So instead of lying around whining and waiting for the fog to clear and the stars to line up right and for myself to “feel” better, I’m going to start Novel 5 of the Gap series today and see what happens. Because what’s important is THAT I write, not what I write or how much time I take off or other things I do.

It’s easy to push myself when I’m standing on both feet, energized, leaning forward and ready to run. It’s a different matter when I’m mentally lying face down in mud that somehow I can at least (but just) breathe through.

I look forward to seeing what happens. This no-crutch living is a hoot.

Talk with you again soon.

Of Interest

See “The Silver Age of Essays” at Any essayists out there?

See “The infantilization of Western culture” at

See “How to be Prolific – Anthony Trollope” at

The Numbers

The Journal…………………………………… 750 words

Writing of WCGN 5: Tentative Title (novel)

Day 1…… XXXX words. Total words to date…… XXXXX

Total fiction words for August……… 6933
Total fiction words for the year………… 623282
Total nonfiction words for August… 2210
Total nonfiction words for the year…… 148640
Total words for the year (fiction and this blog)…… 771922

Calendar Year 2021 Novels to Date…………………… 13
Calendar Year 2021 Novellas to Date……………… 1
Calendar Year 2021 Short Stories to Date… 3
Novels (since Oct 19, 2014)…………………………………… 66
Novellas (since Nov 1, 2015)………………………………… 8
Short stories (since Apr 15, 2014)………………… 217
Short story collections……………………………………………… 31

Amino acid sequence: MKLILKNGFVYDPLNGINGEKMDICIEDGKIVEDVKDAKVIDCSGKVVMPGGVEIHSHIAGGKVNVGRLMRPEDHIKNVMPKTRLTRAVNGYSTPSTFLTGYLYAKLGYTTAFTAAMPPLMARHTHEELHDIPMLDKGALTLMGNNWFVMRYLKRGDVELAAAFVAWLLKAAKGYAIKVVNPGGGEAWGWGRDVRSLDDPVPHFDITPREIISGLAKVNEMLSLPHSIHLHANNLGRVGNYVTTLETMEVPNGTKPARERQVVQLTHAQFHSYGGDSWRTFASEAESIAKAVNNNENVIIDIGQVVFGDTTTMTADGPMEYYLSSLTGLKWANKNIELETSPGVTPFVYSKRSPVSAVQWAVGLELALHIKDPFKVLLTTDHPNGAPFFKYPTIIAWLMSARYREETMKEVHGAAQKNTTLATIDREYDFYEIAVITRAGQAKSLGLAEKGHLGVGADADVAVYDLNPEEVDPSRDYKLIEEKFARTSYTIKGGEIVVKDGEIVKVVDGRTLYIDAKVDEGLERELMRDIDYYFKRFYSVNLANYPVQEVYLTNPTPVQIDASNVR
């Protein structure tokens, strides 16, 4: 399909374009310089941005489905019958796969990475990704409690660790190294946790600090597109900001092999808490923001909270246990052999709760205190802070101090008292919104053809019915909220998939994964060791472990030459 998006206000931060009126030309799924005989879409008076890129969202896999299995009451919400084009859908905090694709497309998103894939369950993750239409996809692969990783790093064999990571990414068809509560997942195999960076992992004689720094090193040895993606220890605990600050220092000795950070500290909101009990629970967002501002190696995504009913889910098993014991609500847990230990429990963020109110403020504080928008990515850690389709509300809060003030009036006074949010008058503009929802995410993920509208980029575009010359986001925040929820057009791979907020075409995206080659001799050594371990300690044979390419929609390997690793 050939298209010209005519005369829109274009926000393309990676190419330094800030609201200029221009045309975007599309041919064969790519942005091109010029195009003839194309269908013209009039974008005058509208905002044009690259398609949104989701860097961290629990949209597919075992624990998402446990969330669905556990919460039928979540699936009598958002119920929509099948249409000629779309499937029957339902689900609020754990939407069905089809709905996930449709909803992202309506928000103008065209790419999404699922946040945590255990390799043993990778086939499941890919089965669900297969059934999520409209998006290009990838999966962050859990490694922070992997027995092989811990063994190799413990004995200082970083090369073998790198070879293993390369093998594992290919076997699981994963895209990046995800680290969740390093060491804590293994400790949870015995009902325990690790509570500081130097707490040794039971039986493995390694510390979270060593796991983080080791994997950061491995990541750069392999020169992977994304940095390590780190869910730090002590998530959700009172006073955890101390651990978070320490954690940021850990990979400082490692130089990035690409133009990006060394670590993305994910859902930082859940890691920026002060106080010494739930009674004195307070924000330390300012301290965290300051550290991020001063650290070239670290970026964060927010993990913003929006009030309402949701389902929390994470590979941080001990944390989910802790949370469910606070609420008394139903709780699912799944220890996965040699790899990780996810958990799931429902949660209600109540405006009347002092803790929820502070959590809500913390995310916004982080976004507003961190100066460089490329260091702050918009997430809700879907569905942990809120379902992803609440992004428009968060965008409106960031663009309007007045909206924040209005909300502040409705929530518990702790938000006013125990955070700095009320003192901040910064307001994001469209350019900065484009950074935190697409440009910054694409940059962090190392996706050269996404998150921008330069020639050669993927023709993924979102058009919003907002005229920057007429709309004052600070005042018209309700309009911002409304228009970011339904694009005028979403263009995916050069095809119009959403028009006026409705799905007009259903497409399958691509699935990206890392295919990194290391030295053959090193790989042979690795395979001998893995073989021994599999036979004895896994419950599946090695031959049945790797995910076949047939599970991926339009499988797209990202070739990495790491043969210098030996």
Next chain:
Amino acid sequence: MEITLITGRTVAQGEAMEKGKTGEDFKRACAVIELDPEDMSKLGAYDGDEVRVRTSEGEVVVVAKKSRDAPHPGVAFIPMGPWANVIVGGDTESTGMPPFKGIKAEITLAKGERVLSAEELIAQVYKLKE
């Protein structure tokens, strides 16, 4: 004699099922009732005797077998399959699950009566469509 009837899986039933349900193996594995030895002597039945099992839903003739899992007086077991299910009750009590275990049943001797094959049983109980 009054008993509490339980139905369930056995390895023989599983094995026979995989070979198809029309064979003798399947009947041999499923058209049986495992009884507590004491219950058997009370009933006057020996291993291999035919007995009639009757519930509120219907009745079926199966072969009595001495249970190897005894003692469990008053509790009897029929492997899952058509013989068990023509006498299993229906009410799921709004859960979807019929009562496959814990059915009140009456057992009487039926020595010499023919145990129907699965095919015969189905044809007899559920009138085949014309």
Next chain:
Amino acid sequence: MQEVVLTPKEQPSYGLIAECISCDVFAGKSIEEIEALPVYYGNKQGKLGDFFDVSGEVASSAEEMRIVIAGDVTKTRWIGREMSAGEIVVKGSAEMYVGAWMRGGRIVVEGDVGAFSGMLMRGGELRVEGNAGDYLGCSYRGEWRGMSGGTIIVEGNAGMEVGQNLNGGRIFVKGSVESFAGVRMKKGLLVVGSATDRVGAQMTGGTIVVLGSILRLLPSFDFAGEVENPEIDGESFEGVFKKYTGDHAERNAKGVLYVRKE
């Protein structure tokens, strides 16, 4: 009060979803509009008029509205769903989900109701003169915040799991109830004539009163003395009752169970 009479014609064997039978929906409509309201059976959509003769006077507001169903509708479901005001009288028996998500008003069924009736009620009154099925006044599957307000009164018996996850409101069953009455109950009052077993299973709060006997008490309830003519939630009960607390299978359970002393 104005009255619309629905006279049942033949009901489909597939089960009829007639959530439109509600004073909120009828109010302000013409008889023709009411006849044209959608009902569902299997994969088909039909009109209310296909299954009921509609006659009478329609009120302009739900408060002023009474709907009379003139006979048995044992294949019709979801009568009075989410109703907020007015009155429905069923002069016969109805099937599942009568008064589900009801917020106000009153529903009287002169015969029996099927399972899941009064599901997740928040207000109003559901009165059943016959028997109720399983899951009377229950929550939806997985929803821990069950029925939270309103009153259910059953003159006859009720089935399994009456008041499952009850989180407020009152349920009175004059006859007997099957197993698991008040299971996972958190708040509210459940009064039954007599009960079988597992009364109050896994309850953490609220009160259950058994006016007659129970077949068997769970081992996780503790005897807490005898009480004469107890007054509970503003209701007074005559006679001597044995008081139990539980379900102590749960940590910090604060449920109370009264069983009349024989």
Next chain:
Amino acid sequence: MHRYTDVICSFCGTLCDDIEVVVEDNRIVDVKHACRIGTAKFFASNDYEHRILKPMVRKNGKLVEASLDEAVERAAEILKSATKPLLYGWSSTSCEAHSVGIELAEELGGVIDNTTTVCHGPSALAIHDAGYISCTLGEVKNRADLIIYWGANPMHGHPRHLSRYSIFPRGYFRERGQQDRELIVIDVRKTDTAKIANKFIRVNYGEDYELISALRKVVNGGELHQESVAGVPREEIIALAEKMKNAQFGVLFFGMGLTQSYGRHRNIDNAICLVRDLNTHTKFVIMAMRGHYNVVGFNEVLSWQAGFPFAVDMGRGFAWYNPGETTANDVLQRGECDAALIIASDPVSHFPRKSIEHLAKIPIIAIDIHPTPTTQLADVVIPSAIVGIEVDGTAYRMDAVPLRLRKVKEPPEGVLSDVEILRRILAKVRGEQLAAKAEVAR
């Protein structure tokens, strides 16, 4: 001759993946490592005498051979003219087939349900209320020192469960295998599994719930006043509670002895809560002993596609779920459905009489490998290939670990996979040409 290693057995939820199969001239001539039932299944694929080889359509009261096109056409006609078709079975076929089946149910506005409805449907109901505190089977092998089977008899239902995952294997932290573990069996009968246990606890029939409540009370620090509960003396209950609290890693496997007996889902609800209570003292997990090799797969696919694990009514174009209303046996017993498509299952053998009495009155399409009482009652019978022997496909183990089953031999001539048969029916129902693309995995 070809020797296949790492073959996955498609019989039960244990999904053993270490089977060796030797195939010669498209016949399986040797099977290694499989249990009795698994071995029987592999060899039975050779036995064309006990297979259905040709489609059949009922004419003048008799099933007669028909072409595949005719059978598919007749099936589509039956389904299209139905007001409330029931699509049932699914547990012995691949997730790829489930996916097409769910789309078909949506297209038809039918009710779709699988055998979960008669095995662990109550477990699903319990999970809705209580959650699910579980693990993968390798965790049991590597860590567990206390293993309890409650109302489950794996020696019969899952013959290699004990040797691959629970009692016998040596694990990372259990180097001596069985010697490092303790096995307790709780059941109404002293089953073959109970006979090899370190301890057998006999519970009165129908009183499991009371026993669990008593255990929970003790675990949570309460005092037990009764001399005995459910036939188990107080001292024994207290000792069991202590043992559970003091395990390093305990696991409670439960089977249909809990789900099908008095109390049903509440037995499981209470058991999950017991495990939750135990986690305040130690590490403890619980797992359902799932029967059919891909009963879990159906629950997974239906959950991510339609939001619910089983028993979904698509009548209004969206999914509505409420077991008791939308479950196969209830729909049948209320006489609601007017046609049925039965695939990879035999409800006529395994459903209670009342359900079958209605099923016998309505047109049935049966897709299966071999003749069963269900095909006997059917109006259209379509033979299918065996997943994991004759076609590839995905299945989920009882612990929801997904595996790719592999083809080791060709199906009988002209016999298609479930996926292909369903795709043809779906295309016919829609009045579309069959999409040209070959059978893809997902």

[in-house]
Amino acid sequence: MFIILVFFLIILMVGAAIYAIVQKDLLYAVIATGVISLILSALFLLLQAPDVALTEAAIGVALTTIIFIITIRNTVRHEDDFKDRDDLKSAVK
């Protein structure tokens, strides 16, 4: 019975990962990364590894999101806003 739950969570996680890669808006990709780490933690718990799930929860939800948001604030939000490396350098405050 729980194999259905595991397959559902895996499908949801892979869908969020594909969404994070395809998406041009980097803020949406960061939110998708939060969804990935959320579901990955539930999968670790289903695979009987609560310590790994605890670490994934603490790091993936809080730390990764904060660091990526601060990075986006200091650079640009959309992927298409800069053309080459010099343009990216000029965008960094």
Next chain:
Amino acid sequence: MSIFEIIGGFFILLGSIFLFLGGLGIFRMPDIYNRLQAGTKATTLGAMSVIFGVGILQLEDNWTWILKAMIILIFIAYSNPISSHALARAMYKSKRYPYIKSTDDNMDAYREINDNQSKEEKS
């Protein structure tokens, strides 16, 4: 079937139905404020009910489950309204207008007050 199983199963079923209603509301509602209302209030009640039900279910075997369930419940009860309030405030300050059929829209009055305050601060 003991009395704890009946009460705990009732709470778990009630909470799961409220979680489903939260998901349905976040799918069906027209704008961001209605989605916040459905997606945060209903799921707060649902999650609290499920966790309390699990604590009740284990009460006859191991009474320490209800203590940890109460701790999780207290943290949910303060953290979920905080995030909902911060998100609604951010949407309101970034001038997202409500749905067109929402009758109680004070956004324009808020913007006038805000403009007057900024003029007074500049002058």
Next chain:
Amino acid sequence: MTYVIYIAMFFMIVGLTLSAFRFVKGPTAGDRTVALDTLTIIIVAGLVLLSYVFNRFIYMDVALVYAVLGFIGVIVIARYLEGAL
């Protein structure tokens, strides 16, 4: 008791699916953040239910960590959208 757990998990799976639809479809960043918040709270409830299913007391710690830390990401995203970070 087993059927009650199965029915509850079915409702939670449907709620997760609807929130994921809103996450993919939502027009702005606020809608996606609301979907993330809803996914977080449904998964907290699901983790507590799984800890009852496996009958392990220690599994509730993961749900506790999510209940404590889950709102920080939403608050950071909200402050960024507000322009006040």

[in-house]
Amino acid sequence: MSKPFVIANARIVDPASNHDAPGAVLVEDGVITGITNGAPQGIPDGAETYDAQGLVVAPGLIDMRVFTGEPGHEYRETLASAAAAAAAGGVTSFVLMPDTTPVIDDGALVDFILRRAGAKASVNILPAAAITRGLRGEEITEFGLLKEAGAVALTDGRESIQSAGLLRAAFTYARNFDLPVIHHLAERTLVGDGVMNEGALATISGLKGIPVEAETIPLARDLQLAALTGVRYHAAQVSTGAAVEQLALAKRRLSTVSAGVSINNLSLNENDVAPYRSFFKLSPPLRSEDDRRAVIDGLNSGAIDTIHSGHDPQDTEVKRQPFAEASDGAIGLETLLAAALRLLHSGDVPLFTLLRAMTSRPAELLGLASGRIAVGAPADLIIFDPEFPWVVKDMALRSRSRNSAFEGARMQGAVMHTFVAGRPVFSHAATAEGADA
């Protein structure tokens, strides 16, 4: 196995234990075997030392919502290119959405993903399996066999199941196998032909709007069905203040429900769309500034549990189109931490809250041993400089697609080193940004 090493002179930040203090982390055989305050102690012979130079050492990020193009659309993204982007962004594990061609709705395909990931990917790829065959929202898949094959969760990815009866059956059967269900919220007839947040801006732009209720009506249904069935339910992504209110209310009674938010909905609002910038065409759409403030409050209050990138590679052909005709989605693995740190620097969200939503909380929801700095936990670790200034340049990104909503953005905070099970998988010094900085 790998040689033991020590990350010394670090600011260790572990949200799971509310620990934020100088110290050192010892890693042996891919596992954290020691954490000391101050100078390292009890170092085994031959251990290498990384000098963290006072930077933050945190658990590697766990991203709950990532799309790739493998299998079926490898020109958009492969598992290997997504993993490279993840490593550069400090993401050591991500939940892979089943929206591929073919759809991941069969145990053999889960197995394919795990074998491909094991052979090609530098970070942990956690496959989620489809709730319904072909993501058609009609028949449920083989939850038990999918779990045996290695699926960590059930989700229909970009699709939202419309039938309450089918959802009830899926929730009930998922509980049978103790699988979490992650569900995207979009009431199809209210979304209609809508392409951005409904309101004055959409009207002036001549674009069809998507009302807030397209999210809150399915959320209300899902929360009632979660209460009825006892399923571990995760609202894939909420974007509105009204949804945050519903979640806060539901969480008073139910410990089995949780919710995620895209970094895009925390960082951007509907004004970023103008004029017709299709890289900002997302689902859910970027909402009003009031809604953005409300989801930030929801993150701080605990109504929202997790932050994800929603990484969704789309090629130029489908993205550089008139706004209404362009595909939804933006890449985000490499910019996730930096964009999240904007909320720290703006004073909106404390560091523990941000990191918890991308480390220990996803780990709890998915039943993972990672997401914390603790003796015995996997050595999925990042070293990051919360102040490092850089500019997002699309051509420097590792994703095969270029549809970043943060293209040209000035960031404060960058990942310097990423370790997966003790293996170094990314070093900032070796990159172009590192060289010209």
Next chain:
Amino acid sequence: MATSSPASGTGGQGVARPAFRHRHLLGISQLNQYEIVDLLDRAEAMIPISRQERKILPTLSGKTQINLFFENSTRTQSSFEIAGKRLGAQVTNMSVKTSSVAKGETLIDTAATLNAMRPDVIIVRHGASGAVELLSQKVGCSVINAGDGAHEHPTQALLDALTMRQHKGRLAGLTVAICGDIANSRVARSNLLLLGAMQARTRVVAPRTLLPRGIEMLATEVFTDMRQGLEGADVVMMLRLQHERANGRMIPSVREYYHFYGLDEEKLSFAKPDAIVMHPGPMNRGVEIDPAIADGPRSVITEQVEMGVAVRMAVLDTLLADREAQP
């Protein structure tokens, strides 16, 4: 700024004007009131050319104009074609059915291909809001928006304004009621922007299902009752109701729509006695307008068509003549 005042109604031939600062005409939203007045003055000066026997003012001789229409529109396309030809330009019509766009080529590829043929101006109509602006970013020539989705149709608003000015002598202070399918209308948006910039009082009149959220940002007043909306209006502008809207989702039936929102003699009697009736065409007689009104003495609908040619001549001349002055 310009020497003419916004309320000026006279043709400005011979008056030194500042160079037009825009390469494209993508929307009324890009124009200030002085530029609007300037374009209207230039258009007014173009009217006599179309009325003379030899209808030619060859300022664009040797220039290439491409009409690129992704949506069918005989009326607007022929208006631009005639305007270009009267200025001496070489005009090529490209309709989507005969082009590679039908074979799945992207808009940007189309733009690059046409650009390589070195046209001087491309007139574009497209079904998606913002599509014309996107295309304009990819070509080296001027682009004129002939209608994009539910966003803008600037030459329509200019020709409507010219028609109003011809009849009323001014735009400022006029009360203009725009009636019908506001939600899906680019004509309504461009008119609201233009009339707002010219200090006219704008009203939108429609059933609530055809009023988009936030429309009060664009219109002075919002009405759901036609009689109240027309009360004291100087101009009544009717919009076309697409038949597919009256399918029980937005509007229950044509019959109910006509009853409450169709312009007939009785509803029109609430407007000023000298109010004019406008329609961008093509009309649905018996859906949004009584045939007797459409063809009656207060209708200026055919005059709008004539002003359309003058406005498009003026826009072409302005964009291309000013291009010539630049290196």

Disclaimer: In this blog, I provide advice on writing fiction. I advocate a technique called Writing Into the Dark. To be crystal clear, WITD is not “the only way” to write, nor will I ever say it is. However, as I am the only writer who advocates WITD both publicly and regularly, I will continue to do so, among myriad other topics.

4 thoughts on “The Journal: Anthony Trollope and Challenges”

  1. “This no crutch living is a hoot.” I laughed out loud.
    That said, this is an important post because of your challenge to write no matter what. I’ve just finished Stephen King’s “On Writing”. (And just read my first King book, “Duma Key”–wowwwww).
    A writing habit is key. And of course, I’ve been terrible since I finished and published my last short story. Time to bring the word count spreadsheet back out and confront it, and start adding to it, today.
    Thanks Harvey!

    • Yup. It’s all about priorities. For me, writing is important. Not what I write, but that I write. Turns out I might not start any new fiction today. Tune in tomorrow. (grin)

  2. “So instead of lying around whining and waiting for the fog to clear and the stars to line up right and for myself to “feel” better, I’m going to start Novel 5 of the Gap series today and see what happens. Because what’s important is THAT I write, not what I write or how much time I take off or other things I do.”

    You’ve hit on a key truth about human motivation, right here.

    “I can’t write because I don’t feel motivated.”

    That’s got it all backwards. You don’t write because you’re motivated, you’re motivated ’cause you’re writing.

    Good luck Harvey, though I don’t expect you’ll need it. The gods have a way of showing up with a blessing once you’re moving, no matter how hard it looks standing still.